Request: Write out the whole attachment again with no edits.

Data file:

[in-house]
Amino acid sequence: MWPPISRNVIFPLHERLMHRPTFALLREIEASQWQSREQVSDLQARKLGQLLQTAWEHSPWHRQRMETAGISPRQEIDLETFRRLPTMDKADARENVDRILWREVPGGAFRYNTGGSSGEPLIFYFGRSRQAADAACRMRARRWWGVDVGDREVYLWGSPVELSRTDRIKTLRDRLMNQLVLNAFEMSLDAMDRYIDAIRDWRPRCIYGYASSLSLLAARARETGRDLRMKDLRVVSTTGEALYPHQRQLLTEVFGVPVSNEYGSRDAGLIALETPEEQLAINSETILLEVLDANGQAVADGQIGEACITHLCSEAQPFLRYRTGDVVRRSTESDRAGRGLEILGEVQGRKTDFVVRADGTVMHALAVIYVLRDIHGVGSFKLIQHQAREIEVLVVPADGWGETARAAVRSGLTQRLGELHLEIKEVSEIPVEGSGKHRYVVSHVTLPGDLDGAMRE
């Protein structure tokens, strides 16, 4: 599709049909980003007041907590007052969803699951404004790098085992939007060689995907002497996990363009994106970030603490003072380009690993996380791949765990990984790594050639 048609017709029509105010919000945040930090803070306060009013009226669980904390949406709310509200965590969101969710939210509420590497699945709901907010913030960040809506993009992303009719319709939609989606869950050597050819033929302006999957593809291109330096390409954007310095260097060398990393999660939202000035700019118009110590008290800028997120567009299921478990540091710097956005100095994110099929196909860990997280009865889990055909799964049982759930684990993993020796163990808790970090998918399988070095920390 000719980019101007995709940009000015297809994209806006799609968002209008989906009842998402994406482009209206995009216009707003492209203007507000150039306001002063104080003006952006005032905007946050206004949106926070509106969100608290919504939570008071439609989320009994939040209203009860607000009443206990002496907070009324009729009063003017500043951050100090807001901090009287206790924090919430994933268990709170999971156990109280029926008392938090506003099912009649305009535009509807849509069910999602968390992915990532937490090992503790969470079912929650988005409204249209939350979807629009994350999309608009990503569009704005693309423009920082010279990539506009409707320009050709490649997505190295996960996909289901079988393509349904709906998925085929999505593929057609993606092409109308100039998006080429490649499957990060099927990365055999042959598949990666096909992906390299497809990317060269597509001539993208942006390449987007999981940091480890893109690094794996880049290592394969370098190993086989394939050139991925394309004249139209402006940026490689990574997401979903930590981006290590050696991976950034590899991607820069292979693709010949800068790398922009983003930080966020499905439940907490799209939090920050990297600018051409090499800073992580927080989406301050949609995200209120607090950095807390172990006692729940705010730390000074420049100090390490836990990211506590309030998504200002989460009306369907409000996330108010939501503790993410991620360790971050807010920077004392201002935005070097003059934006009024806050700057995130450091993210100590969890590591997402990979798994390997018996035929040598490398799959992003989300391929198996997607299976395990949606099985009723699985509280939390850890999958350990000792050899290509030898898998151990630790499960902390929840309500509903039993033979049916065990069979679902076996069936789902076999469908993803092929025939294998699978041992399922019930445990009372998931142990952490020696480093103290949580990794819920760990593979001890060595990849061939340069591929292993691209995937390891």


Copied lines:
[in-house]
Amino acid sequence: MWPPISRNVIFPLHERLMHRPTFALLREIEASQWQSREQVSDLQARKLGQLLQTAWEHSPWHRQRMETAGISPRQEIDLETFRRLPTMDKADARENVDRILWREVPGGAFRYNTGGSSGEPLIFYFGRSRQAADAACRMRARRWWGVDVGDREVYLWGSPVELSRTDRIKTLRDRLMNQLVLNAFEMSLDAMDRYIDAIRDWRPRCIYGYASSLSLLAARARETGRDLRMKDLRVVSTTGEALYPHQRQLLTEVFGVPVSNEYGSRDAGLIALETPEEQLAINSETILLEVLDANGQAVADGQIGEACITHLCSEAQPFLRYRTGDVVRRSTESDRAGRGLEILGEVQGRKTDFVVRADGTVMHALAVIYVLRDIHGVGSFKLIQHQAREIEVLVVPADGWGETARAAVRSGLTQRLGELHLEIKEVSEIPVEGSGKHRYVVSHVTLPGDLDGAMRE
């Protein structure tokens, strides 16, 4: 599709049909980003007041907590007052969803699951404004790098085992939007060689995907002497996990363009994106970030603490003072380009690993996380791949765990990984790594050639 048609017709029509105010919000945040930090803070306060009013009226669980904390949406709310509200965590969101969710939210509420590497699945709901907010913030960040809506993009992303009719319709939609989606869950050597050819033929302006999957593809291109330096390409954007310095260097060398990393999660939202000035700019118009110590008290800028997120567009299921478990540091710097956005100095994110099929196909860990997280009865889990055909799964049982759930684990993993020796163990808790970090998918399988070095920390 000719980019101007995709940009000015297809994209806006799609968002209008989906009842998402994406482009209206995009216009707003492209203007507000150039306001002063104080003006952006005032905007946050206004949106926070509106969100608290919504939570008071439609989320009994939040209203009860607000009443206990002496907070009324009729009063003017500043951050100090807001901090009287206790924090919430994933268990709170999971156990109280029926008392938090506003099912009649305009535009509807849509069910999602968390992915990532937490090992503790969470079912929650988005409204249209939350979807629009994350999309608009990503569009704005693309423009920082010279990539506009409707320009050709490649997505190295996960996909289901079988393509349904709906998925085929999505593929057609993606092409109308100039998006080429490649499957990060099927990365055999042959598949990666096909992906390299497809990317060269597509001539993208942006390449987007999981940091480890893109690094794996880049290592394969370098190993086989394939050139991925394309004249139209402006940026490689990574997401979903930590981006290590050696991976950034590899991607820069292979693709010949800068790398922009983003930080966020499905439940907490799209939090920050990297600018051409090499800073992580927080989406301050949609995200209120607090950095807390172990006692729940705010730390000074420049100090390490836990990211506590309030998504200002989460009306369907409000996330108010939501503790993410991620360790971050807010920077004392201002935005070097003059934006009024806050700057995130450091993210100590969890590591997402990979798994390997018996035929040598490398799959992003989300391929198996997607299976395990949606099985009723699985509280939390850890999958350990000792050899290509030898898998151990630790499960902390929840309500509903039993033979049916065990069979679902076996069936789902076999469908993803092929025939294998699978041992399922019930445990009372998931142990952490020696480093103290949580990794819920760990593979001890060595990849061939340069591929292993691209995937390891």